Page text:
Earlier this week, former Atlanta Braves manager Fredi Gonzalez found out he had been fired when he received an email with an
itinerary for a one-way plane ticket back to Atlanta while his team was on a road trip.
This prompted ESPN Radio host Mike Golic to recount the story of how his NFL career ended, and it’s a doozy.
After six seasons as a defensive tackle with the Philadelphia Eagles, Golic played the 1993 season with the Miami Dolphins. In the first game of that season, Golic suffered a partially-torn ligament in his knee.
Knowing that jobs for non-stars in the NFL are fickle, Golic chose to continue playing on the injured knee, not even having it fully examined until after the season. Golic ended up playing in 15 of those games and starting seven of the final eight, all while making his injury worse.
In January, after the season, the extent of the injury was discovered and Golic had surgery. Just three months later, again knowing his job was always on the line, he was ready to start practicing. But what happened next he never saw coming.
In late April, the Dolphins drafted two defensive tackles in the NFL Draft and suddenly Golic was expendable. But there was a catch. While contracts in the NFL are not guaranteed, a team can’t cut a player if he is injured. Golic was technically still hurt following surgery as he was not 100%.
Four days after the draft, Golic went into the office of the trainer because he wanted to practice and see how his knee was progressing.
“I was still recovering from the knee surgery and training and such,” Golic said. “I wanted to give mini-camp a good test for my knee. It wasn’t 100% [healthy] by any chance. So, I was in talking to the team trainer about my knee. I said ‘Listen, it is not really 100%, but I want to go out here and I want to try to see what it can do during mini-camp.’ He said, ‘Well, if you are going to go out there, you need to sign this piece of paper that says your knee is fine and you are going to go practice.’ I did because I wanted to go out there and practice.”
What Golic didn’t realise at the time was that he had just given the Dolphins all they needed to release him without having to pay any of his $650,000 salary for the upcoming season.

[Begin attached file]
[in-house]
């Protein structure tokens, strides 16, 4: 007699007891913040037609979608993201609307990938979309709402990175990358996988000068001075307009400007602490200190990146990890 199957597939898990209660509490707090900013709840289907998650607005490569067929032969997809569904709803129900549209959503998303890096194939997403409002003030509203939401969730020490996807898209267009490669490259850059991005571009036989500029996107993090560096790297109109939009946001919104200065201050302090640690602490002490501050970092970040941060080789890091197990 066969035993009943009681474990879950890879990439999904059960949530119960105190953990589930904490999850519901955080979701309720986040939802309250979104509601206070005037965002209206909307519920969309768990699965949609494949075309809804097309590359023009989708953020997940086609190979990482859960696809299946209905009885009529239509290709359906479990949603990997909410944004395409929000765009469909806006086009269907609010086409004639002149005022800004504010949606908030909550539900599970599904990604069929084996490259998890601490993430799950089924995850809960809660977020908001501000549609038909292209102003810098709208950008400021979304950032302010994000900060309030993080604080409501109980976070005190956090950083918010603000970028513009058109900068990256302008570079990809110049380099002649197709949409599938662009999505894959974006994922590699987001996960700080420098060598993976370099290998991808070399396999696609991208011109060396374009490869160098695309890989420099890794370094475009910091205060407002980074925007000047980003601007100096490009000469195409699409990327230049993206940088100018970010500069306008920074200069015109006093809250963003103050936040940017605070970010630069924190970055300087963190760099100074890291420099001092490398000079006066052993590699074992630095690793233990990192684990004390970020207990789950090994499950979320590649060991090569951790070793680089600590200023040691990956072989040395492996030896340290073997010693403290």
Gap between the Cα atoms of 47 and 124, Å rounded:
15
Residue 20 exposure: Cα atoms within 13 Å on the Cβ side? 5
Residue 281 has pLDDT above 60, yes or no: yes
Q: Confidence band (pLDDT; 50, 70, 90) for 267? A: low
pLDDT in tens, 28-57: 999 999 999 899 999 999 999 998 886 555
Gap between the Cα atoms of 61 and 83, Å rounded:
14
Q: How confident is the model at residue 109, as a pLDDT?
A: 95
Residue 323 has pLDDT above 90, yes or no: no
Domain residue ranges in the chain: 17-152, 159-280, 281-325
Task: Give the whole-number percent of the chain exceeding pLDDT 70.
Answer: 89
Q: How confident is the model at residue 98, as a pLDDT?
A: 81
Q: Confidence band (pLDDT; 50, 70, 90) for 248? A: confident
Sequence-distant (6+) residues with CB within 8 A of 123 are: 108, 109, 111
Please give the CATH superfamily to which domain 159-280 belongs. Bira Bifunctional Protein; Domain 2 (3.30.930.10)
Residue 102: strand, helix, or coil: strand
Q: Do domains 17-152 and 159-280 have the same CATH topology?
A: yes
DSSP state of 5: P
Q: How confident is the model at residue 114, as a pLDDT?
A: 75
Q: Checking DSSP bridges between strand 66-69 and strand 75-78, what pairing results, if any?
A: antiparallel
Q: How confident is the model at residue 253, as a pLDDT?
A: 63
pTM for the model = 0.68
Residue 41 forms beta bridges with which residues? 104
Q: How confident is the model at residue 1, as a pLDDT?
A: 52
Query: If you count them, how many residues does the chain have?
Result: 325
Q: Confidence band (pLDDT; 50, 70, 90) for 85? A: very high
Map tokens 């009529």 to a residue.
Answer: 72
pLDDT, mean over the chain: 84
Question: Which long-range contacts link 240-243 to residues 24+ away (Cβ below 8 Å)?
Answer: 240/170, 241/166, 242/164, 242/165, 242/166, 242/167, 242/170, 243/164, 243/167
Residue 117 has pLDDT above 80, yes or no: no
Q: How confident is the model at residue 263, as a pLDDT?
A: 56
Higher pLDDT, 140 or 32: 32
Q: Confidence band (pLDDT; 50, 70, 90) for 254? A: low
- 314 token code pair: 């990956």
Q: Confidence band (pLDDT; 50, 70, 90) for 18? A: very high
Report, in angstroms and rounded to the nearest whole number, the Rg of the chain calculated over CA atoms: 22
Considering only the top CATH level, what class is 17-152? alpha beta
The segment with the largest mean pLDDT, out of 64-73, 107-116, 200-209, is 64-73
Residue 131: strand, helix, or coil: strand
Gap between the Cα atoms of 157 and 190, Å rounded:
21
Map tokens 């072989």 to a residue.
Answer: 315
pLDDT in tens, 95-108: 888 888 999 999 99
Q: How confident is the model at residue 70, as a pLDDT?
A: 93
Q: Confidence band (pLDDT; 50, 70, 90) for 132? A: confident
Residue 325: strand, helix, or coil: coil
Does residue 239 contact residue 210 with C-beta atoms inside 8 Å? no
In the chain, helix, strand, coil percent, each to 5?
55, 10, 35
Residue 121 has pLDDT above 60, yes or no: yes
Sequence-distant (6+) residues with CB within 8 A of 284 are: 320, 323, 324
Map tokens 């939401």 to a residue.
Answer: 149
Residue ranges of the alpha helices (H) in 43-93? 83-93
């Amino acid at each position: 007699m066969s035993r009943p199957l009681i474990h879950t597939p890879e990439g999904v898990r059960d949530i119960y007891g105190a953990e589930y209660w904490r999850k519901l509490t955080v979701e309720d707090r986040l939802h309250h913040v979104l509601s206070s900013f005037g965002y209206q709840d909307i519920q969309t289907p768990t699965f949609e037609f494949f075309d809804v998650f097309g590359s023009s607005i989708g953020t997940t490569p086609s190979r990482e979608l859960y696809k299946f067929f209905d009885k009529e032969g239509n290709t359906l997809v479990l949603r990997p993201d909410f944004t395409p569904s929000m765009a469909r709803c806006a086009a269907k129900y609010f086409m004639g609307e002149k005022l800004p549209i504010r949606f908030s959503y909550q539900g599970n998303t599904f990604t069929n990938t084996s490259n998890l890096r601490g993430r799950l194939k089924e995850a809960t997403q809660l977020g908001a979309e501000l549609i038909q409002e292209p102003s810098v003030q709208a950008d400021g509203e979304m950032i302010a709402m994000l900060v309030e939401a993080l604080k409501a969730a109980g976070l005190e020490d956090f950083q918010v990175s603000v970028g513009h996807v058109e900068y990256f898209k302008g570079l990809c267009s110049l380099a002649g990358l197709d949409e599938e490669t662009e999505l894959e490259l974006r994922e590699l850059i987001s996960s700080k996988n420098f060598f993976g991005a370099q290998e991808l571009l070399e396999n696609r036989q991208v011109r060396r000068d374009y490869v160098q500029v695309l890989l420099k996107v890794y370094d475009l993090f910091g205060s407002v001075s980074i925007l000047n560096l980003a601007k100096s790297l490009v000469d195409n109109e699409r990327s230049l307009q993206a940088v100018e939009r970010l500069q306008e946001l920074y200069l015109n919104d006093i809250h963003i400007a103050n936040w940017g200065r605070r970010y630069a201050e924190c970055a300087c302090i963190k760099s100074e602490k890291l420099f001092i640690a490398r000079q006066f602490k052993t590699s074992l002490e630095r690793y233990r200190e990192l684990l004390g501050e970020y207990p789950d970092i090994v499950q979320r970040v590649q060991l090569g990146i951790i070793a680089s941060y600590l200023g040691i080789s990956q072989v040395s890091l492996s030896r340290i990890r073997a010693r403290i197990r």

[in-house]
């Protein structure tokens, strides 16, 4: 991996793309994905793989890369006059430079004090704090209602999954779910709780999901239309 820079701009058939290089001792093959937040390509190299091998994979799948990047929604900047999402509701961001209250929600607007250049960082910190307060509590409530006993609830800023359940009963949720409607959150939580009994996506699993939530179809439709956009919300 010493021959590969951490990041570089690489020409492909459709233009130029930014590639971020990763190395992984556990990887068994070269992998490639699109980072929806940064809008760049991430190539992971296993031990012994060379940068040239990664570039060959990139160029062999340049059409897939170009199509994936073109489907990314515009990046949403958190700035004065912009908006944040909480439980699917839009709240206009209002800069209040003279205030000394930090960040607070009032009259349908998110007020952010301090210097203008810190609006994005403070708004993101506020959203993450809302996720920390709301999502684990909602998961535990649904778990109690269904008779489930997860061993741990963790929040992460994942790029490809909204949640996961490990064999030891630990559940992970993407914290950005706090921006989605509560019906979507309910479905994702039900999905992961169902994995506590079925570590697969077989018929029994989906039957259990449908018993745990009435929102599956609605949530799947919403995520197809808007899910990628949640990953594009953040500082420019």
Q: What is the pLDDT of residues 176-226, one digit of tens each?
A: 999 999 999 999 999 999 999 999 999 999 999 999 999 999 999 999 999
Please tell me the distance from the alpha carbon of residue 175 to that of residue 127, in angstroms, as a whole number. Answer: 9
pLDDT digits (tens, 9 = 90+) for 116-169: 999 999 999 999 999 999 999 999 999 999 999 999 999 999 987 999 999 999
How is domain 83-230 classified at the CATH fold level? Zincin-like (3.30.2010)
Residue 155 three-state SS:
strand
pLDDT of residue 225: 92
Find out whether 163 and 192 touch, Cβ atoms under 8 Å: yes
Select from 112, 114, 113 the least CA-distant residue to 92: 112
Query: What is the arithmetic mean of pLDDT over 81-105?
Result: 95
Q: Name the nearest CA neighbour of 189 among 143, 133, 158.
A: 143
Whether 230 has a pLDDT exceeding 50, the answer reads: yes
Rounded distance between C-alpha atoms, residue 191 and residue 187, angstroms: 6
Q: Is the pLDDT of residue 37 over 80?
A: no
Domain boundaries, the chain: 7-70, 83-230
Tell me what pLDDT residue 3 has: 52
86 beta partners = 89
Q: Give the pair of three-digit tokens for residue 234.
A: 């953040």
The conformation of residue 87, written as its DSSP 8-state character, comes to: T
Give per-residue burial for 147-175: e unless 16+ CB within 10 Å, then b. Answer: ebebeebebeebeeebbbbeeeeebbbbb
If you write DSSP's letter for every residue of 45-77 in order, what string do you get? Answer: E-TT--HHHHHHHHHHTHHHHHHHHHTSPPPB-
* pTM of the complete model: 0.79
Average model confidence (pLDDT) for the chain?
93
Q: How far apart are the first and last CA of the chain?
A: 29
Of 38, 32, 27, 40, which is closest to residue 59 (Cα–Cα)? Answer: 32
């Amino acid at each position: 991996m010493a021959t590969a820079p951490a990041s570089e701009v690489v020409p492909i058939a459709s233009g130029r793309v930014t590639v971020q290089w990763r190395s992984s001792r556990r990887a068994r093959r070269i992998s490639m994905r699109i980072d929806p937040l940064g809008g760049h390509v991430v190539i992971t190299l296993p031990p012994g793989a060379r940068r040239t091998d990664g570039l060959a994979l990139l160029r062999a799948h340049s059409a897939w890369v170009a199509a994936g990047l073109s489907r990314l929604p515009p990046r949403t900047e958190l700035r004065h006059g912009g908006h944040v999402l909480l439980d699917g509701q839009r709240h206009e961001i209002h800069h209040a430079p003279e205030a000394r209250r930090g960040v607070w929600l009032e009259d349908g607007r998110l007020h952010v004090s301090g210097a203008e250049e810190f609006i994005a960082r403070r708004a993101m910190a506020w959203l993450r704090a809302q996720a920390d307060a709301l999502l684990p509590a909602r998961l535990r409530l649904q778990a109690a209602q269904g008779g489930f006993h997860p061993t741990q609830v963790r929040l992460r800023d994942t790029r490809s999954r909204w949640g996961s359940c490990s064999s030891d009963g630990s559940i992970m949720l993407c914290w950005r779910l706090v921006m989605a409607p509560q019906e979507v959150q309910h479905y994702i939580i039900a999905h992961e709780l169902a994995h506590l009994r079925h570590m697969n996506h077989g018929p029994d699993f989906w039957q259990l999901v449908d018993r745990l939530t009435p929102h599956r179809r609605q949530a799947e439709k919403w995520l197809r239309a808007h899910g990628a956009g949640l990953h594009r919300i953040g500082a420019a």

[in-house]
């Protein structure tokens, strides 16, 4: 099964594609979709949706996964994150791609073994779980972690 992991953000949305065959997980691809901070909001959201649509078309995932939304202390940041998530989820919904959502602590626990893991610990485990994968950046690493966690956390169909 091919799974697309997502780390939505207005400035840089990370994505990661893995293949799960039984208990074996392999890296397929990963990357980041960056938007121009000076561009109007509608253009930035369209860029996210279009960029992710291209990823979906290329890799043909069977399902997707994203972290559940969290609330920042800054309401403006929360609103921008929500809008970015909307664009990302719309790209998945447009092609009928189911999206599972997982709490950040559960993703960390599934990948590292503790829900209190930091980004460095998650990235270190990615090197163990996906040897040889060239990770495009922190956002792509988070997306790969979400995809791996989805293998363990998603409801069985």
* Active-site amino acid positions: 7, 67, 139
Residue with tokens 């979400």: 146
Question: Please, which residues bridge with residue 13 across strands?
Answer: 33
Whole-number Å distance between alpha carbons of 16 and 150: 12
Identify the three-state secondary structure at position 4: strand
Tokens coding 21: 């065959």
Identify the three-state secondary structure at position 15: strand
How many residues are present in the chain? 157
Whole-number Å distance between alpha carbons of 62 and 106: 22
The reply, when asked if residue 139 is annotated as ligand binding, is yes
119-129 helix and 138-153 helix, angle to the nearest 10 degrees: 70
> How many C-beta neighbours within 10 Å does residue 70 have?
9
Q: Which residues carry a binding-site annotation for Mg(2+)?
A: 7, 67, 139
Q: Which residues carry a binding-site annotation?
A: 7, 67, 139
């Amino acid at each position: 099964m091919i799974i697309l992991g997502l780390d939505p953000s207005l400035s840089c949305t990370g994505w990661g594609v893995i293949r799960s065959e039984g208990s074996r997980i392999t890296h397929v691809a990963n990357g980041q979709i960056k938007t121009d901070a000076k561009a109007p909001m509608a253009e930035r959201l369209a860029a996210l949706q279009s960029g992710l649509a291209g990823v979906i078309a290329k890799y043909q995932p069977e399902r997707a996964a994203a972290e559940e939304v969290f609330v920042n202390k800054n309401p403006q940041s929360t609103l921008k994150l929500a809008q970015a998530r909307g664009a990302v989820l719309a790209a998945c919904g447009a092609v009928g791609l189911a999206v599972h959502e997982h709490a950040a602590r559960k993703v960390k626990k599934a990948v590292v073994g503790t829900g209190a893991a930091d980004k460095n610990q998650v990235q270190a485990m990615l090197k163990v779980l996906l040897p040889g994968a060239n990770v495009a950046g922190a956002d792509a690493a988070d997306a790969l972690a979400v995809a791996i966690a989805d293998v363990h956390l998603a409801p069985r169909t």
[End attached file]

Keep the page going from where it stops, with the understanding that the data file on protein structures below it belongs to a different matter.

“So I sign the piece of paper, open the door, and there was somebody standing right there, right there,” Golic said as he pointed in front of him. “I couldn’t even leave the room, and he said ‘the general manager wants to see you.’ And I am like ‘You’ve got to be kidding me.'”
If he had not signed the waiver, the Dolphins would have been forced to either keep him or pay him an injury settlement in order to release him. They didn’t have to do either. Instead, the Dolphins used Golic’s willingness to play hurt against him so that they wouldn’t have to pay him.
Golic was cut by the Dolphins and he never played another down in the NFL.
Here is how the move was reported in the Sun-Sentinel at the time:
On the eve of Dolphins mini-camp, salary cap considerations continued to dictate the roster as defensive tackle Mike Golic was released Thursday after passing his physical … Golic and his $650,000 salary were cut as the Dolphins made a quick resolution to their glut of defensive tackles. The Dolphins drafted Mississippi’s Tim Bowens in the first round and Florida’s William Gaines in the fifth round of the draft this week.
This is just another painful reminder of how cutthroat the NFL can be. Unlike other sports, the fall is often quick. As soon as a player is no longer needed, teams are on to somebody else.
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